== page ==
This allowed for greater risk assumption at the origination stage, and allowed for...let's generously say "creative"... alternate financing structures (such as interest only payments, ARMs, etc). By lowering the cost of financing, more customers could purchase homes. I saw an acronym the other day...NINJA home loans. NINJA = No Income, No Job or Assets. And for already qualified home owners, with lower financing costs the same level of debt service could support higher principal loan values. Couple that with the increased demand for homes, and home prices rose. The bubble.

Beyond, by the way, what the market would otherwise support. IF the market determined that there weren't any more (or enough) qualified customers buying homes, resulting in not enough houses being sold, the Federal Reserve would lower interest rates and pump more dollars into the economy to keep home sales flowing and keep the home prices up, further contributing to the bubble.

People who had equity in their homes would refinance or take out a second equity loan and use that to buy...well...something else.

To the point where our economy was two-thirds consumption. We consumed more than we produced. My golden retriever could understand that that was unsustainable.

So...the bubble popped. And as the loans default, those 'bundled investments' are going bad (see Fannie Mae and Freddie Mac, among others). As homes lose value, people are upside down in their mortgages. Most can still make the payments...but now there is no more equity for consumption. No more new car every two years; no more (or fewer) expensive vacations; no new furniture every two years...

The stock market is declining as investors are revaluing companies based on lower asset (real estate) values and lower sales (from less consumption).

This is a permanent 'reset' of our economy as consumption needs to get more in line with production in our economy.

And the stimulus package will only make things worse. The government wants to get people spending again? No no no. The solution should not be to effectively increase the housing bubble.

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Yes, gas played a part, but it didn't ruin the economy. The housing market was the big player in that. The bill that was passed during the Clinton years to get everyone into homes shattered it. Houses went up in price way to fast and couldn't keep up. Then you have folks that bought the 400k house with two new cars, all new furniture and what not.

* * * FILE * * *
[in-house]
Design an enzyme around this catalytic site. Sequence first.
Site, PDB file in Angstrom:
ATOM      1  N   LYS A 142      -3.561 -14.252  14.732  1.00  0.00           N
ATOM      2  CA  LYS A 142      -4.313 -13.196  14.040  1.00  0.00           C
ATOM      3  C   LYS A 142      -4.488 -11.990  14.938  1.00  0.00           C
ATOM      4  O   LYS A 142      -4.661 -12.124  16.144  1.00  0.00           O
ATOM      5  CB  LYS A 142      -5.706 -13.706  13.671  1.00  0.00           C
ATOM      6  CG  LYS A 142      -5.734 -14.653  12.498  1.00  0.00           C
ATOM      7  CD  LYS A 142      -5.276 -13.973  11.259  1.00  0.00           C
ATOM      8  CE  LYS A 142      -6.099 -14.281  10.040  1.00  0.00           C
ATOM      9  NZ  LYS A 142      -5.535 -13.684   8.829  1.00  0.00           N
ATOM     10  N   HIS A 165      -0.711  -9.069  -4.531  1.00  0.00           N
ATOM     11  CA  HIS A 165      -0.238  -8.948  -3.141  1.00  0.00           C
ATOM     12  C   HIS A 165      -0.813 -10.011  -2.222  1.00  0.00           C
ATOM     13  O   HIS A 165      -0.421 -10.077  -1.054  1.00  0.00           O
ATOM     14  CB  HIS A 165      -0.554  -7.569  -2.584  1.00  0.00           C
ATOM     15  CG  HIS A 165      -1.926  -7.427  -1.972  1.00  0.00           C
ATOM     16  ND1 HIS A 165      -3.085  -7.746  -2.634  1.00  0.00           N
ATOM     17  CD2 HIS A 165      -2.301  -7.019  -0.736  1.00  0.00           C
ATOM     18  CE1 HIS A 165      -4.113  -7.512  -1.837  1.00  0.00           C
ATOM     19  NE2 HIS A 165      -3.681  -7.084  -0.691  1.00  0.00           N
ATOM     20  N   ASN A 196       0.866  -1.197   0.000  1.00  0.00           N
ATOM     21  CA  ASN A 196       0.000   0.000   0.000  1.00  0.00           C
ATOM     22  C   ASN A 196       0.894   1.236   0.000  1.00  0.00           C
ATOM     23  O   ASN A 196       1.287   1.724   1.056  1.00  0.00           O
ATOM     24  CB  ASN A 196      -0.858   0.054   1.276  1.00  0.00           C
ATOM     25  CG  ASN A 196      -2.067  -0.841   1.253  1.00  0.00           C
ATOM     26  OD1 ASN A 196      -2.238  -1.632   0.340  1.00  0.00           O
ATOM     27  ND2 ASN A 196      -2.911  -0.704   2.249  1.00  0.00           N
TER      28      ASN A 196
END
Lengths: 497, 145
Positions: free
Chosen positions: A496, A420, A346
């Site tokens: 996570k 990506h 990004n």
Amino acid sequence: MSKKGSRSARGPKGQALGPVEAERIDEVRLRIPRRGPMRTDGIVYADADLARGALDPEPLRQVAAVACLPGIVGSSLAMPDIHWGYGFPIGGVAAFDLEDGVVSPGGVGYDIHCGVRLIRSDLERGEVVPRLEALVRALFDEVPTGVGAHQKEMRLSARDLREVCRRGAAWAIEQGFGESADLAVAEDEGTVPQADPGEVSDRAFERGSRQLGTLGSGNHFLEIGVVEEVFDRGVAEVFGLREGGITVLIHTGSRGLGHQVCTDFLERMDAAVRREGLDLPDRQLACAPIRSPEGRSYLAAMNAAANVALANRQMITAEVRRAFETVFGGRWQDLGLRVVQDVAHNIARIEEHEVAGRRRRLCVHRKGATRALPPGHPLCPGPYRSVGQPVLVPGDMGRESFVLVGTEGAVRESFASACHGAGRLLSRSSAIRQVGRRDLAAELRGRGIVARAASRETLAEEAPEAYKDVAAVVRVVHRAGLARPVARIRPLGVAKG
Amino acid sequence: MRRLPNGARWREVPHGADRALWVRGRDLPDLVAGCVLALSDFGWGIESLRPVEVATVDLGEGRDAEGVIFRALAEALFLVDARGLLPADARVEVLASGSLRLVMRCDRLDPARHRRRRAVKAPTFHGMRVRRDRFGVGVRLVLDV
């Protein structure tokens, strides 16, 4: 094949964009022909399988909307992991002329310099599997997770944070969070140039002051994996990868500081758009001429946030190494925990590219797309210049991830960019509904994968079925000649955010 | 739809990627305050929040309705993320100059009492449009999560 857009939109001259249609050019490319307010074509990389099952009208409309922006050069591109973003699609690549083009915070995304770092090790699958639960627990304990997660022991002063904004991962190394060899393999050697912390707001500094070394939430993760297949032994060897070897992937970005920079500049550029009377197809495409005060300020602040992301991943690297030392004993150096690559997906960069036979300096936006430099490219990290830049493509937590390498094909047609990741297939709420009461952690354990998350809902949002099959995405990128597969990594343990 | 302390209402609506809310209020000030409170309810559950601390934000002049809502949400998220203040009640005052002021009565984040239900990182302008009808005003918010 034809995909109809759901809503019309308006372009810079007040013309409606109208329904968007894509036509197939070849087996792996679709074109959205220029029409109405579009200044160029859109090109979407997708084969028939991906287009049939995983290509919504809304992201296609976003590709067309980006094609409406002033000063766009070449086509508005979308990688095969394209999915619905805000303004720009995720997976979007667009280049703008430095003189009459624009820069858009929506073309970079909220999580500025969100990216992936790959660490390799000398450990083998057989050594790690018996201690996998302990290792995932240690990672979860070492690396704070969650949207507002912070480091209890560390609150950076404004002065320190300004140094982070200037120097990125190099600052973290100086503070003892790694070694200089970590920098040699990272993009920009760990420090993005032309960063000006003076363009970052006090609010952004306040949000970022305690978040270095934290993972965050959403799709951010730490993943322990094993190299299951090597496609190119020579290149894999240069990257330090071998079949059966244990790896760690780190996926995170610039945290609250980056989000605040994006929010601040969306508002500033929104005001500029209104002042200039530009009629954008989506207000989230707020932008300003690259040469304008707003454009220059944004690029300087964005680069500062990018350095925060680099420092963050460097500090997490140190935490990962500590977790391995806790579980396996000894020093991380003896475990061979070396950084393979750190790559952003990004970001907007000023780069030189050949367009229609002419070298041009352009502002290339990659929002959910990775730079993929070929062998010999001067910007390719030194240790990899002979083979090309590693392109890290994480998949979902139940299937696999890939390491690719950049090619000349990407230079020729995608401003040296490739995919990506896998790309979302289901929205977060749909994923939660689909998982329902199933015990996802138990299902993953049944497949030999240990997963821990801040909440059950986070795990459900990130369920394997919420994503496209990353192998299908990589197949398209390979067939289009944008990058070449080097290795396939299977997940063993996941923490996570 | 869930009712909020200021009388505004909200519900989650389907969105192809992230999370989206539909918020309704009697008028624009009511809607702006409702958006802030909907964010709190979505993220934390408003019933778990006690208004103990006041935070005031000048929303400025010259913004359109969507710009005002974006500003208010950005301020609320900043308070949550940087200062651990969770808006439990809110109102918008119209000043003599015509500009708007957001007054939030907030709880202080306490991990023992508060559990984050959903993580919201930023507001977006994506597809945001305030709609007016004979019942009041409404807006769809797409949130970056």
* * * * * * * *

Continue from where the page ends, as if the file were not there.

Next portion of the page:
Now you add to that the high costs of gas and your budget is shot. You need gas for life, plain and simple. It raised the price of everything. It mighta been the breaking point, but it was a long time coming.

I got to go along with that,with adding deregulation paved the way for the greed that made all the loans to just about anyone! Gas prices made a huge impact on those who should have NEVER received a loan! and just getting to their jobs broke them when most all their income was committed to house payments had to go to gas

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I know this gets complex, but if people hadn't spent lots of cash over the years, where would the economy be now (as a whole)?

If not spending money causes job loss, then if we never spent we wouldn't have those jobs to lose, right??

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Its kind of vicous circle really. We are screwed if we do, screwed if we dont. There are tons of factors to it but it all comes down to spend or not to spend. I guess I would have taken a slower, steadier pace over the boom we had in the 90's but in the end we may have just delayed the inevitable.

Im sure that the gas prices did play a big part in the whole ordeal as of late since just about everything we have is related to its price in one way or another. I do think like everyone pretty much said, its a combonation of a bunch of factors that really add up and the fuel was a tipping point.

I dont know how it affected everyone else last summer but I didnt make any weekend trips up north. I stayed in town and spent just about the same to do that. We still did a BWCAW trip and a Canada trip but it was more of a save up for it kind of trip. The typical head up north for a weekend was impossible because fuel was just too much.

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I know this gets complex, but if people hadn't spent lots of cash over the years, where would the economy be now (as a whole)?

If not spending money causes job loss, then if we never spent we wouldn't have those jobs to lose, right??

Spending cash on items that create jobs here would have helped. Spending cash on items that don't create jobs here create a bubble to easy to burst. You can't base the whole economy on the housing market.